POU, WATSON COLEMAN & EVANS LOOK TO FURTHER ENSURE WOMEN AND MINORITIES BENEFIT FROM CONSTRUCTION CONTRACTS

(TRENTON) – Legislation sponsored by Assemblywomen Nellie Pou, Bonnie Watson Coleman and Elease Evans to further ensure women and minorities benefit from construction contracts has received final legislative approval.

The law (A-3018) clarifies a measure signed in January that requires state and local public bodies entering into construction contracts worth more than $1 million that are funded through public dollars to transfer 0.5 percent of the amount funded by public money to the Department of Labor and Workforce Development.

The department will use the money for outreach and training programs for minorities and women.

The new bill:

·Expands the funded activities to include outreach as well as training, and to include not only construction trade occupations, but other occupations in the construction industry, such as management and engineering.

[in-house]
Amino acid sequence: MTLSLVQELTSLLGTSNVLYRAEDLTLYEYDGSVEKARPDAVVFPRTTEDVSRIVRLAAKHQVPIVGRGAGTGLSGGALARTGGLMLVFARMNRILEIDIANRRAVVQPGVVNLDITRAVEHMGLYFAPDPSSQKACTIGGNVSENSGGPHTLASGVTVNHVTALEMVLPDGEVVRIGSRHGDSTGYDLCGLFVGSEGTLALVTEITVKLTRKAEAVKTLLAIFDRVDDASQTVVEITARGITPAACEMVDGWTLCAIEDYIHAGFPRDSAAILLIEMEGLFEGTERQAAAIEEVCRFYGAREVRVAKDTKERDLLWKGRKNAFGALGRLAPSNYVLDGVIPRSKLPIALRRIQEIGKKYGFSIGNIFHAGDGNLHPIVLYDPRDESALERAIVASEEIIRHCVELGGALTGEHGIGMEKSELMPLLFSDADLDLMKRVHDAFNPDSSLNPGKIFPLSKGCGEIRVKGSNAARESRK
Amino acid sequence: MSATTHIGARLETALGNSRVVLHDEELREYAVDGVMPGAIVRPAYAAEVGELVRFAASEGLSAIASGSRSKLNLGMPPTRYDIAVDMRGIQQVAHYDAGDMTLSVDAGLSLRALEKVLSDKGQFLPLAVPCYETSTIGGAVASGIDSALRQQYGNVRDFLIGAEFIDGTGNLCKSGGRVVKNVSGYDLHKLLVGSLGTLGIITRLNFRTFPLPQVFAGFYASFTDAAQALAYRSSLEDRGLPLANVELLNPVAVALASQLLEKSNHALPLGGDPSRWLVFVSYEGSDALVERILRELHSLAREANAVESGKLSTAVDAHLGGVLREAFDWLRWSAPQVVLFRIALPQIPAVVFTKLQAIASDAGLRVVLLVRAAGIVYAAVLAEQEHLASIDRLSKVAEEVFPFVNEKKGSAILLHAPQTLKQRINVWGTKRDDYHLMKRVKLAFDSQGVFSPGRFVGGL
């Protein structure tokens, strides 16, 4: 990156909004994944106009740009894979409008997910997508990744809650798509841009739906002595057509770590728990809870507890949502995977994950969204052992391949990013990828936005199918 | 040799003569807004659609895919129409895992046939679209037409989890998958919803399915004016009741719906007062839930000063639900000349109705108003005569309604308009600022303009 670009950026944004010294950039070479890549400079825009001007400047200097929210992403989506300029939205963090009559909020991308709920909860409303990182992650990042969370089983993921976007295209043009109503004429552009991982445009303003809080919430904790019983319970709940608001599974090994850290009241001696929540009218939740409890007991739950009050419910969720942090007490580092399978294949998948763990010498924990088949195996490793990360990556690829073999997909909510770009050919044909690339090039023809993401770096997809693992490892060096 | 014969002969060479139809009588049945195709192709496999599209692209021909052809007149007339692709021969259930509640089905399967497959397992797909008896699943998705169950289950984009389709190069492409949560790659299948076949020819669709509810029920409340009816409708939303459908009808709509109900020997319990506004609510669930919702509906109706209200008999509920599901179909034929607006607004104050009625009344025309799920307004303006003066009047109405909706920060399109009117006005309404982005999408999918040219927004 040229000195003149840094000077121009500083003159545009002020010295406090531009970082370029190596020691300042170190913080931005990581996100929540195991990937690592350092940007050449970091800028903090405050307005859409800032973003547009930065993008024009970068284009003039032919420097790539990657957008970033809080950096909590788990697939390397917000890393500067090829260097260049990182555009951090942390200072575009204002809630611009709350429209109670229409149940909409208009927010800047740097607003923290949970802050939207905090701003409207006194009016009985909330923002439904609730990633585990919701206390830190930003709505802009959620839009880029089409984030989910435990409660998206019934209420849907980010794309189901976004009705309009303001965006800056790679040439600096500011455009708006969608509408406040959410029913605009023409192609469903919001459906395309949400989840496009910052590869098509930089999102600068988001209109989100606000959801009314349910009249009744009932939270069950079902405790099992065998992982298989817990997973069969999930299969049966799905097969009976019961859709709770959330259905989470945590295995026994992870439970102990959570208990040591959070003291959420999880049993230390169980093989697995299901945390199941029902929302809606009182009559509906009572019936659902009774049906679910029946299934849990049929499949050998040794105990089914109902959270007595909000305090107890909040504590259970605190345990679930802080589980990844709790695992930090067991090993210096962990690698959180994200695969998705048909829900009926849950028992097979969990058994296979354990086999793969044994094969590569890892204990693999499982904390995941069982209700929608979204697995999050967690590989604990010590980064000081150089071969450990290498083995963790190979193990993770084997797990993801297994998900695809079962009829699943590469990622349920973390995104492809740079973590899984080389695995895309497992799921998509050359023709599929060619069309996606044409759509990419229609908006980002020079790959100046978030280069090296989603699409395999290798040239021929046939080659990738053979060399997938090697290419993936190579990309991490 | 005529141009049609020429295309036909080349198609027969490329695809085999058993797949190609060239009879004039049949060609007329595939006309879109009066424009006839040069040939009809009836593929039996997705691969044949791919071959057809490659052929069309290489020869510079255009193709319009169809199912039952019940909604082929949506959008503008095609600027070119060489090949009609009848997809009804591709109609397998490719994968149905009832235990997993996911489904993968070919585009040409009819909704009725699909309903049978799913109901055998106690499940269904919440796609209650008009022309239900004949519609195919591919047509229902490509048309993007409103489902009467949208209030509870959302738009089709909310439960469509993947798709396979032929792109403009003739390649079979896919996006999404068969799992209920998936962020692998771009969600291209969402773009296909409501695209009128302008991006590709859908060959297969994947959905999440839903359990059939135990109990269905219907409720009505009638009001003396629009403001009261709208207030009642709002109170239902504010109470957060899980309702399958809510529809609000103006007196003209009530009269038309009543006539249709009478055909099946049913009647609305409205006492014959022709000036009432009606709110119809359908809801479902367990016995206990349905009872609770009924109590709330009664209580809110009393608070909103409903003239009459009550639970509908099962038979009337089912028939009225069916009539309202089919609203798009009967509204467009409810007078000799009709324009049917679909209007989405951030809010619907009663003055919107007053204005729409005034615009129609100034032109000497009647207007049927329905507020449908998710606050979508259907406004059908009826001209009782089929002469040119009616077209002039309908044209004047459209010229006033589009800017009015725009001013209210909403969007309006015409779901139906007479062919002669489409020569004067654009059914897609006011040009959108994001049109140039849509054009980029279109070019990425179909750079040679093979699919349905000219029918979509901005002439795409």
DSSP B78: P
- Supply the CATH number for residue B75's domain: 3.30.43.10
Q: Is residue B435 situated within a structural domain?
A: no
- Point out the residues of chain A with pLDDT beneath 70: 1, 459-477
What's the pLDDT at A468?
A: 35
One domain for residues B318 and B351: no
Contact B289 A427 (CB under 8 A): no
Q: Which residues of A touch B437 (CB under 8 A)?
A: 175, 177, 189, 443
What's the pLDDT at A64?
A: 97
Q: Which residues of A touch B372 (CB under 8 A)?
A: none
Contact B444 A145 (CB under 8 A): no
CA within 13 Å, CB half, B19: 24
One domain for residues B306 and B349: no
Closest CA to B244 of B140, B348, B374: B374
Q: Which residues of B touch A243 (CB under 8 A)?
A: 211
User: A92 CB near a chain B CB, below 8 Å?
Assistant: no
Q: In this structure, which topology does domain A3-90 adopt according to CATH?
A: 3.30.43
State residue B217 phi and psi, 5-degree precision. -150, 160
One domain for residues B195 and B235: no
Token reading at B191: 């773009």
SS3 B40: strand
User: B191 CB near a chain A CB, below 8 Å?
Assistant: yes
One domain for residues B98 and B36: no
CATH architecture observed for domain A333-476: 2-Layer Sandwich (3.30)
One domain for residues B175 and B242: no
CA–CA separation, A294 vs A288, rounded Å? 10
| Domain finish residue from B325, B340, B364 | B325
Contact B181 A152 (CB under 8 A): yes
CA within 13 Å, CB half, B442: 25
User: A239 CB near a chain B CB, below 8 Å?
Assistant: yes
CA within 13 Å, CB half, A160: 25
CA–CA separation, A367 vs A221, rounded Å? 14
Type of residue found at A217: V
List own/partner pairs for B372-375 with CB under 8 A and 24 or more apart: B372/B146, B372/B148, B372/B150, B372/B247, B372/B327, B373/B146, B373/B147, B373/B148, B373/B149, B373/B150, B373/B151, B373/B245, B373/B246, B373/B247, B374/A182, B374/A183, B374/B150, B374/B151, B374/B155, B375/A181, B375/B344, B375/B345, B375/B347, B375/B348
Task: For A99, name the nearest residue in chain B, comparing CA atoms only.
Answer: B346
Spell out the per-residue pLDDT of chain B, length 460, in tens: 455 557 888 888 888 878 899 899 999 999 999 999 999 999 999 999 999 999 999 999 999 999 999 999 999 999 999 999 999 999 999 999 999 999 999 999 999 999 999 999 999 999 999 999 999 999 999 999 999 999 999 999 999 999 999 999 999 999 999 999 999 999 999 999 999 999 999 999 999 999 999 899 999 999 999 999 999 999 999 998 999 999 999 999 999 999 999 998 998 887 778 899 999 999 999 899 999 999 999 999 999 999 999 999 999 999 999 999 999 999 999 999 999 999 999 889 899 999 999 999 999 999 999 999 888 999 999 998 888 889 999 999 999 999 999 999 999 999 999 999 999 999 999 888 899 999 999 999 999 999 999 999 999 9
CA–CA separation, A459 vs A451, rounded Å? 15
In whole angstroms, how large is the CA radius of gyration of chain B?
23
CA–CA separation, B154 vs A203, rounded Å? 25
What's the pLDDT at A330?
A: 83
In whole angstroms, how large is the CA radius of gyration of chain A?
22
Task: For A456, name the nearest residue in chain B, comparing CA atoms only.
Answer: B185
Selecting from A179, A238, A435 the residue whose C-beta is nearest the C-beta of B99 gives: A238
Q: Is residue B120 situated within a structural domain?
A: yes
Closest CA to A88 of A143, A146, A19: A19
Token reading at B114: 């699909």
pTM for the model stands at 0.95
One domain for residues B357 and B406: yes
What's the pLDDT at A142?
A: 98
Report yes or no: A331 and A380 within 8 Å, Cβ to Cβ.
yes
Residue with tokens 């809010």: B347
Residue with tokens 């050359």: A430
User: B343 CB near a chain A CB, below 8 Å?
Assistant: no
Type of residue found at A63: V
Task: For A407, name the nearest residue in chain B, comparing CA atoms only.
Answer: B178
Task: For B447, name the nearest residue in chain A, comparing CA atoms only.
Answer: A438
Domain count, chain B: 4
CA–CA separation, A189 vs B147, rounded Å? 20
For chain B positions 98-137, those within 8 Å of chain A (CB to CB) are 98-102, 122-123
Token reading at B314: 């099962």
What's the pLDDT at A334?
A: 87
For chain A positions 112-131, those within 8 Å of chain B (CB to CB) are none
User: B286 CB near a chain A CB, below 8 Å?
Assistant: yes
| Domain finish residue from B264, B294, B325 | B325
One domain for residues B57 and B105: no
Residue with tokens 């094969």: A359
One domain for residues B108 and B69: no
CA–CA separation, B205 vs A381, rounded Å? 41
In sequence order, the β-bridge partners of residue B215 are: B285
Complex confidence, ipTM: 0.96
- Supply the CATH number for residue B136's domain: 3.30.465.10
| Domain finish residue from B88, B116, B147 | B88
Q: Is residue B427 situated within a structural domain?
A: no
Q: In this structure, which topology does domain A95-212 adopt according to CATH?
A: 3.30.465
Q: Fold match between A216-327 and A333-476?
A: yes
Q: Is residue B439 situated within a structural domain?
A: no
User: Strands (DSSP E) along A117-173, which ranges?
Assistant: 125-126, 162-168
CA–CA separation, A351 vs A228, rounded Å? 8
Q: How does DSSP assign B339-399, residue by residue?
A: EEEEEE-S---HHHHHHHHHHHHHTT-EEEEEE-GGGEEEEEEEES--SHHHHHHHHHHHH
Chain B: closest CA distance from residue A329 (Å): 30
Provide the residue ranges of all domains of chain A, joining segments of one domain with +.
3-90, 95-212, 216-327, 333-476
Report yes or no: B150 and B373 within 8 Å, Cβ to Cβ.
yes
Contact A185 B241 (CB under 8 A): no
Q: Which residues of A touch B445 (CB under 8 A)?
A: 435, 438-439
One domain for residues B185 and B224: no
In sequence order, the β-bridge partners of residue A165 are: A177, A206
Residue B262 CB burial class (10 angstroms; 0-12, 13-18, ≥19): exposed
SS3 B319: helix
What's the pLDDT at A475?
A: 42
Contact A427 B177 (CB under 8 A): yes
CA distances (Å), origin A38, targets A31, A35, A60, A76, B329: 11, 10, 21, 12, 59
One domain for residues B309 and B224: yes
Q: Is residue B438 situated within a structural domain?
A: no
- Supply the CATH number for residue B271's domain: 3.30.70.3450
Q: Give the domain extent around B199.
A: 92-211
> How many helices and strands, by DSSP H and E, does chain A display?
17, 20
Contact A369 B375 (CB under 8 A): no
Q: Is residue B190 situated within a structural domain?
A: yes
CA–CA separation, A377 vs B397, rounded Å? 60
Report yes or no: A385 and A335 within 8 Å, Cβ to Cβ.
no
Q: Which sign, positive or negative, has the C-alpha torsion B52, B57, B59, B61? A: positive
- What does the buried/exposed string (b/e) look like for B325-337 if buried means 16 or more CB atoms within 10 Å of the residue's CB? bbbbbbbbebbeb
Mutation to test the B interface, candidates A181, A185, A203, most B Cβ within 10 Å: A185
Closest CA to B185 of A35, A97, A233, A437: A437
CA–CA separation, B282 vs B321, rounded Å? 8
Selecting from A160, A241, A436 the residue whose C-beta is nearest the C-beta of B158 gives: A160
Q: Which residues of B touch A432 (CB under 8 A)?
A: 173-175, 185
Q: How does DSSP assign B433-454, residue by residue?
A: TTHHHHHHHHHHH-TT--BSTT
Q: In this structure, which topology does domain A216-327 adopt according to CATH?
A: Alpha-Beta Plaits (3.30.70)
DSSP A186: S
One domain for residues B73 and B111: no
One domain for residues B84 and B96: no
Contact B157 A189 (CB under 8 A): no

·Modifies the scope of projects subject to the 0.5 percent set-aside to make it clear that it apply to local, as well as state, projects.

“We must ensure that public construction contracts, especially amid this difficult economy, benefit all segments of our community, including women and minorities,” said Pou (D-Passaic/Bergen). “This law not only does that, and helps ensure future generations will get the training they need to continue taking part in such work.”

“This law is especially important as we move forward with our many federal and state stimulus projects and position New Jersey to thrive once the economy turns the corner,” said Watson Coleman (D-Mercer). “This is the time to take the steps needed to make sure everyone benefits from the new jobs these programs will create.”

“When it comes to public projects, everyone deserves an equal chance to participate,” said Evans (D-Passaic). “We cannot let this opportunity pass without ensuring everyone enjoys the same access to jobs.”

The bill recently passed the Assembly 52-22-4 and the Senate 26-14. It now goes to the governor.

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